I don’t have much to offer in the way of food, unless you want to share a leftover grilled cheese sandwich and vegetable crudites, I do, however, have a terrific book for you to read. Ray Bradbury’s book Zen in the Art of Writing. The book is about the pleasures of writing and it’s one of the best books I’ve read on the craft. The author’s enthusiasm is infectious, and one walks away dazed with the breezy possibility that writing can be a celebratory act, instead of a chore. If you haven’t read the book yet, you’ll want to soon.
I keep thinking about Ray Bradbury hunched over a typewriter popping dimes into the machine as the clocked ticked. He wrote Fahrenheit 451, this way, and referred to it literally as a dime novel.
It was spring 1950. He and his wife, Marguerite and their two daughters lived in Venice, California, not because it was the hip place to be rather it was all they could afford. He wrote in a makeshift office inside the garage. The space had worked up until that spring when his daughters. The girls were old enough by then to interfere with his writing as they sang and tapped on the garage window panes before he went out to play along. This, of course, meant no money coming in so after looking around for an alternate office space, he found a place in the basement of the library at UCLA where he could rent one of the old Remington or Underwood typewriters seated in rows at a dime a half hour. He dropped his dime in and wrote like mad until the clock ran out. Nine days later, he wrote 25,000 words (2,778-ish words a day which is 1,1778 more than he averaged in a day) and finished the first draft of the novel.
I think he was onto something, when money and time are at stake, one learns to simple get out of the way and get the words down much like the NaNoWriMo (National Novel Writing Month) style, except with a fire under your ass.
In his early twenties, Bradbury came up with a word-association writing prompt that he used for the rest of his life. He got out of bed every morning, walked to his desk, and put down any word or series of words that occurred to him. “I would take arms against the word,” he wrote, “or for it, and bring on an assortment of characters to weigh down the word and show me its meaning in my own life.”An hour or two later, he wrote a new story from beginning to end. If it works, why not I say.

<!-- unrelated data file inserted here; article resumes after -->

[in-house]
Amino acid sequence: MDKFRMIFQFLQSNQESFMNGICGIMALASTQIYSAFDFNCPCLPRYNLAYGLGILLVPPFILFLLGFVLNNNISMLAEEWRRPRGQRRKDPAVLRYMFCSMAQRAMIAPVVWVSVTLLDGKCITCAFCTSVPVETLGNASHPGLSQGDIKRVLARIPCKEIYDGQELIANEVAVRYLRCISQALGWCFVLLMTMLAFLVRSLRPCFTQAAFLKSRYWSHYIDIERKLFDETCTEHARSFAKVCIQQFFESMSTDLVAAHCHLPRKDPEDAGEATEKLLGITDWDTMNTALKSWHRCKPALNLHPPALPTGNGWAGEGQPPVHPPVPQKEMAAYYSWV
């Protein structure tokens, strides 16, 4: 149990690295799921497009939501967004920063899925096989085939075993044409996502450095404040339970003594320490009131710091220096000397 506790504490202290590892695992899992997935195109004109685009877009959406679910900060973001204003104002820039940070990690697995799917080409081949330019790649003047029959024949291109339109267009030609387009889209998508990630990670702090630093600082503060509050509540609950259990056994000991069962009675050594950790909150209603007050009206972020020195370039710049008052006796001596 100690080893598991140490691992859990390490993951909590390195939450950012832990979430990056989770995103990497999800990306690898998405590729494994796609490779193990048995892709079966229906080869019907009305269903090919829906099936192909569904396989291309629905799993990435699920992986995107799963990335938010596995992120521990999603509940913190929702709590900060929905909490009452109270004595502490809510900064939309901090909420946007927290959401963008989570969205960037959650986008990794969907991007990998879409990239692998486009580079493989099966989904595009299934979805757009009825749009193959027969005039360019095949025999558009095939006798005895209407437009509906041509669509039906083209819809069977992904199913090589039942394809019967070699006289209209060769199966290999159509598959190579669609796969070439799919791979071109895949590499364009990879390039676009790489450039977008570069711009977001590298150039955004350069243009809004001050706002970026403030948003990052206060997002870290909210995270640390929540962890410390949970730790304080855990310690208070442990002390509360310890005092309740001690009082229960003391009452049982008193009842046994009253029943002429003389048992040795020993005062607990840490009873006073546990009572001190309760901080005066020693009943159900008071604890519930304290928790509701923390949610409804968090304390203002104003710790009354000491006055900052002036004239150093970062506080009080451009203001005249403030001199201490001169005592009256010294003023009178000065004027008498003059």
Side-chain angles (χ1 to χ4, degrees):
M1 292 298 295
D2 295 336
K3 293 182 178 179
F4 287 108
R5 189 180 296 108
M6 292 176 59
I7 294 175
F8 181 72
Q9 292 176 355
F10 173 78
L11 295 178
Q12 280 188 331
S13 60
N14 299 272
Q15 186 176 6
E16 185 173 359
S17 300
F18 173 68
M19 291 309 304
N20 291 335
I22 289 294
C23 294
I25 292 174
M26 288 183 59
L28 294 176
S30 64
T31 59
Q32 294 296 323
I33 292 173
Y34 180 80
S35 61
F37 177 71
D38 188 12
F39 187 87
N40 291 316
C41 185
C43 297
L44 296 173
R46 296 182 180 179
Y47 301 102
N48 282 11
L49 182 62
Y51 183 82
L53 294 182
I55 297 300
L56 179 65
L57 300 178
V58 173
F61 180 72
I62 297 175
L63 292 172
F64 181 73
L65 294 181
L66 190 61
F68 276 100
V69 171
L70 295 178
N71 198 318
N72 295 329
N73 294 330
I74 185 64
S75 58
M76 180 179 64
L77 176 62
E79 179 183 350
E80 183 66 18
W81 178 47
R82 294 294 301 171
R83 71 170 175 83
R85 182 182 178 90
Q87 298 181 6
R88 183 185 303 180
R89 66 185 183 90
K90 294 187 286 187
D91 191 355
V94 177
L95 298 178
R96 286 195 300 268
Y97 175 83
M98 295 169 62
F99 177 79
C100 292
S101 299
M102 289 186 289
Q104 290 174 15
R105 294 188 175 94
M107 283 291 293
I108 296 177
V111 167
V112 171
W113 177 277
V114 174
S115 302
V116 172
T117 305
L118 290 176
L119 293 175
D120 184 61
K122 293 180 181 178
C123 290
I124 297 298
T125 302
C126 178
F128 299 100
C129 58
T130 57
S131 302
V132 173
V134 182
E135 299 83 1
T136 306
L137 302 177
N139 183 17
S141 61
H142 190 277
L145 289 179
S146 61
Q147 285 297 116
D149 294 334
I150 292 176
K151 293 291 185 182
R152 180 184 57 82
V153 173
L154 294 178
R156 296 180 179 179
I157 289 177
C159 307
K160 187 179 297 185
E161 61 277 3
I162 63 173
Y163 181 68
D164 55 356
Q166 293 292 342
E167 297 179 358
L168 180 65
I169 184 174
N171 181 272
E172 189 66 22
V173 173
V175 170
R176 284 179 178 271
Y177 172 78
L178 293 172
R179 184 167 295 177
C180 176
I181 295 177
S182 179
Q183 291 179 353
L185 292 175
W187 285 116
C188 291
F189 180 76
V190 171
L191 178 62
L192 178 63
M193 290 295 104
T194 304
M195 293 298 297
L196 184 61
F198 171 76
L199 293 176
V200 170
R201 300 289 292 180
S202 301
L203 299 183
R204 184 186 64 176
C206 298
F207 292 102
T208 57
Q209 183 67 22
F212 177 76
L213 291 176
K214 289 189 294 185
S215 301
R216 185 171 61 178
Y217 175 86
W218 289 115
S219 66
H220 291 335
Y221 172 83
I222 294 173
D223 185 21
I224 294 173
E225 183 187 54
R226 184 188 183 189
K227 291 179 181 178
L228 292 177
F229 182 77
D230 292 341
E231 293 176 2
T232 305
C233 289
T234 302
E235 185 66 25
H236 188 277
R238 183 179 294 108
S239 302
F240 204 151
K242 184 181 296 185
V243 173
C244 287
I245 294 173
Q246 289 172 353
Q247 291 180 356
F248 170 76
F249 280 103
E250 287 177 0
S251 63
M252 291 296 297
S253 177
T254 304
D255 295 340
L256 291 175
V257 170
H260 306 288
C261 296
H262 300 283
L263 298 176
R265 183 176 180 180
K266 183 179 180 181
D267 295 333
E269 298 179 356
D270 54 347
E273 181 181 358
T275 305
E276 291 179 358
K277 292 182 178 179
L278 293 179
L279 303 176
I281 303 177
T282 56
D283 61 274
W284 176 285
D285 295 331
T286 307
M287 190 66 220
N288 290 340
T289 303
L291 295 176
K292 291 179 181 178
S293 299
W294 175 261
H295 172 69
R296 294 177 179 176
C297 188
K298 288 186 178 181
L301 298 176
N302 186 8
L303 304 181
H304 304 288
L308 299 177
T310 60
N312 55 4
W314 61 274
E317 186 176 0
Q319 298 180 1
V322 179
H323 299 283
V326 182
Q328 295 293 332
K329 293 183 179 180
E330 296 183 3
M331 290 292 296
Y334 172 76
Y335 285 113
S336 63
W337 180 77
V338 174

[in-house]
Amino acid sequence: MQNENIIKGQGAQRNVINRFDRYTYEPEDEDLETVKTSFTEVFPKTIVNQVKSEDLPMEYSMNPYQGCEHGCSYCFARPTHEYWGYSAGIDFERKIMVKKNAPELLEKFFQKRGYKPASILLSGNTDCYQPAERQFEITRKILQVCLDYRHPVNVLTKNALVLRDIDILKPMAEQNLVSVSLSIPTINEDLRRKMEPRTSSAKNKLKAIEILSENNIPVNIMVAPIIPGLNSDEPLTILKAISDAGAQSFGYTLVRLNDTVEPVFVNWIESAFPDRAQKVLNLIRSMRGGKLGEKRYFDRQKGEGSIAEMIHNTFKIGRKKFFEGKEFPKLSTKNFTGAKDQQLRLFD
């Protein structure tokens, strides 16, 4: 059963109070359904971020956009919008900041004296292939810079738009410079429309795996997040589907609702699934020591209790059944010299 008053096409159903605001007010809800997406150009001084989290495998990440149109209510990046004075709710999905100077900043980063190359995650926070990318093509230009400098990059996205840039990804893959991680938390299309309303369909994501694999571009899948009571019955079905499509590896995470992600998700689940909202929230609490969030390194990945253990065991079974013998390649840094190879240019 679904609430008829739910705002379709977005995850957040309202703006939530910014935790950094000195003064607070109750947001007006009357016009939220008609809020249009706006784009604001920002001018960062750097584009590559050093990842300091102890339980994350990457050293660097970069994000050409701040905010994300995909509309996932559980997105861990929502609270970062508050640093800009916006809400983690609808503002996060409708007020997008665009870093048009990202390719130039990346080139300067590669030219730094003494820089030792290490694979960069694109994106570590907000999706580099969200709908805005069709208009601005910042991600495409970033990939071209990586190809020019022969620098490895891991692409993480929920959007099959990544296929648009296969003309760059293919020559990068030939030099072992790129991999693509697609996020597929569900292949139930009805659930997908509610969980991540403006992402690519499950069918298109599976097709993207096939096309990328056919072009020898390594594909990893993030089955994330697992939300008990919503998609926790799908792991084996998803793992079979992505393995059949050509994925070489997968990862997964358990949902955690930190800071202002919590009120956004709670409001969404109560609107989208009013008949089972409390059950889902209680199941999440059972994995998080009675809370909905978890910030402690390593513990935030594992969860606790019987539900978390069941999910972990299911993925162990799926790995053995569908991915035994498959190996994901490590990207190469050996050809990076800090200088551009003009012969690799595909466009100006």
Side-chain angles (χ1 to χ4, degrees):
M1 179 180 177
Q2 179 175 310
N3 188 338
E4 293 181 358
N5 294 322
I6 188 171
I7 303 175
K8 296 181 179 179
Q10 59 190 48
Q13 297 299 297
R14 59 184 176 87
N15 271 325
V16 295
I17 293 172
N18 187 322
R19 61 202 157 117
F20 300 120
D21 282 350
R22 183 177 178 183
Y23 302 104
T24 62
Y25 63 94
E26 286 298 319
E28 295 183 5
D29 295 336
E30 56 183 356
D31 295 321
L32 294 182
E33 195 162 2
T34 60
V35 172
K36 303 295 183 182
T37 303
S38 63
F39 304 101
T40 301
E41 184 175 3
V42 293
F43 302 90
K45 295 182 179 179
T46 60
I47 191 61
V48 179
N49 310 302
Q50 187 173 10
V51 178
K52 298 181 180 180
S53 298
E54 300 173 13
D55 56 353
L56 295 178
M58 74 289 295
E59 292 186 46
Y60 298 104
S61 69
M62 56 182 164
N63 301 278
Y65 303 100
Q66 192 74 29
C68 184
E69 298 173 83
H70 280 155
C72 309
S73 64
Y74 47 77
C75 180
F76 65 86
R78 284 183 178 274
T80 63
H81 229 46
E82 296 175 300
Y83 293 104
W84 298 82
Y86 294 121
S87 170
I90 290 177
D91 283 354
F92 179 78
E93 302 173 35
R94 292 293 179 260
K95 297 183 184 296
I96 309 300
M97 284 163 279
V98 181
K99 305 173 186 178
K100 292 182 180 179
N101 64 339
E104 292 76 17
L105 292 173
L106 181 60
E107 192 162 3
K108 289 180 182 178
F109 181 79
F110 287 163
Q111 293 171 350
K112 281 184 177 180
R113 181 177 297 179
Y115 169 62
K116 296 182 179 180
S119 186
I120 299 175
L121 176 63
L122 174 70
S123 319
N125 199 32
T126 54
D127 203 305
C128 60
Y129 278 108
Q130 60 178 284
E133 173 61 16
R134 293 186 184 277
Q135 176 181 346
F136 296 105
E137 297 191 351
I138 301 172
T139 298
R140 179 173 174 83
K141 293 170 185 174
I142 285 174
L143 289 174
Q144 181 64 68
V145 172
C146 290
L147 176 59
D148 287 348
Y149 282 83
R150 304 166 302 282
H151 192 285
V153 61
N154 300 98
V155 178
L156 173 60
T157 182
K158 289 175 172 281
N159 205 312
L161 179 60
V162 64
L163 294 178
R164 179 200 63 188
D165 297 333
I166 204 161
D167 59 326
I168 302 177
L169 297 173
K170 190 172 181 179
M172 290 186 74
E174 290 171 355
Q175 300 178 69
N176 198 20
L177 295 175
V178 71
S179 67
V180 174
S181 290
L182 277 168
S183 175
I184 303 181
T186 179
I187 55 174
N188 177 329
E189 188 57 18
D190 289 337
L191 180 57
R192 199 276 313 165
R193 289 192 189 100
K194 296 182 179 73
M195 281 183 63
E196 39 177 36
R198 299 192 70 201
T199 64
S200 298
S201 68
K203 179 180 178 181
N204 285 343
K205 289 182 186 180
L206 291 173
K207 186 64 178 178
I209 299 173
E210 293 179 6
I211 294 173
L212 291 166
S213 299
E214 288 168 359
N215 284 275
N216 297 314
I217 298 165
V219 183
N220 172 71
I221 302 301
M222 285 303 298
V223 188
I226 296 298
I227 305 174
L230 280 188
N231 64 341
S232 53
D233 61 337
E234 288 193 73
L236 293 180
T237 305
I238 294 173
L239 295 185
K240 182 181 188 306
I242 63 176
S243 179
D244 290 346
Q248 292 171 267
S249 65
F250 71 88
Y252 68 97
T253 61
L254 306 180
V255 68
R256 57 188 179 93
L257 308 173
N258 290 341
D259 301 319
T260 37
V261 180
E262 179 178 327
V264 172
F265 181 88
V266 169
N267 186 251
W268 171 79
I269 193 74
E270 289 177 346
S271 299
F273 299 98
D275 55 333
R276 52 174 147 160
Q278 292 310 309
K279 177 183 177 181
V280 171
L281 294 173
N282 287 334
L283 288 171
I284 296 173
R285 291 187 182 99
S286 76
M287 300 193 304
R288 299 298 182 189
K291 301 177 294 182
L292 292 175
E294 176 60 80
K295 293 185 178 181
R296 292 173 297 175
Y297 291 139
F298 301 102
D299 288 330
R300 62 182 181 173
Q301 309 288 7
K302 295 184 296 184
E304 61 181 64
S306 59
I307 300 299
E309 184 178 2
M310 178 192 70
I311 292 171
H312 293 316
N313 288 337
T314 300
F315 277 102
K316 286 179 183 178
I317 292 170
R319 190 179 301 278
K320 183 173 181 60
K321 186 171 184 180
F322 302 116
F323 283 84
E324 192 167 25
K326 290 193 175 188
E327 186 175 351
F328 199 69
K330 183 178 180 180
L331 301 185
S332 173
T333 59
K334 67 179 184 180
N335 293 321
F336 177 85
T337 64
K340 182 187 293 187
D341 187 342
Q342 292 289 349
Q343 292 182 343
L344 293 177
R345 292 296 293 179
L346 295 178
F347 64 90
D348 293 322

On Friday morning, I sit up in bed still thinking about Bradbury’s dedication to writing. I write down the first phrase that comes into my head, the return, then I rush off.
Luke and I run errands in the morning, a trip to the post office and library, and on the way home I see a single maple tree adorned with blond leaves curled like fists out the car window. In opposition, the surrounding trees are slight and completely withdrawn. Not a single leaf remains on the nearby trees.
When we return home, Luke and I sit down for lunch. He carries his plate of grilled egg and cheese sandwich with cherry tomatoes, cucumbers, and carrot sticks to the table. During these lunches together, we linger. Luke chats about the 12-inch Tyrannosaurus Rex tooth replica we saw last week at the Springfield Museum. Through the glass protecting dinosaur footprints left in the region, my thoughts stray to the image of the tree. Subtleties in colors. Juxtapositions of lines in space. Rain slips through without a star in sight. I sweep the toast crumbs from the floor. We close the door on the Cretaceous period.
David puts Luke down for his nap as I drive into the rain, past the center of town, to find the lone tree. The creative impulse isn’t always clear. At times, an inexplicable stir arises and during these moments, it’s good to listen and respond. Pick up a camera or a pencil and get to work before the moment flees because, trust me, it will.
Again, Bradbury’s words echo, this time it’s the surprise that came from writing, Dandelion Wine.
“Dandelion Wine, like most of my books and stories, was a surprise. I began to learn the nature of such surprises, Thank God, when I was fairly young as a writer. Before that, like every beginner, I thought you could beat, pummel, and thrash an idea into existence. Under such treatment, of course, any decent idea folds up its paws, turns on its back, fixes its eyes on eternity, and dies” (Bradbury, Zen in the Art of Writing, p. 79).
It’s raining harder. I wrap my gear inside my jacket, park the car a few hundred feet down the road, and walk to the tree.
I shoot a roll of film then walk back to the car. Before I get there, I cross the bridge where I stop and stare out at the bustling river water pushing into the rocks. I walk down to the rivers edge. My phrase returns as I pull out my camera to make a video. My clothes are soaked with rain, but I continue unsure of what’s to come. I set the camera on a rock with an umbrella propped against it. The video runs for nearly two minutes when I walk into the frame as an interruption: to the scene, expectation, memory, erasure.
A sketch of thought.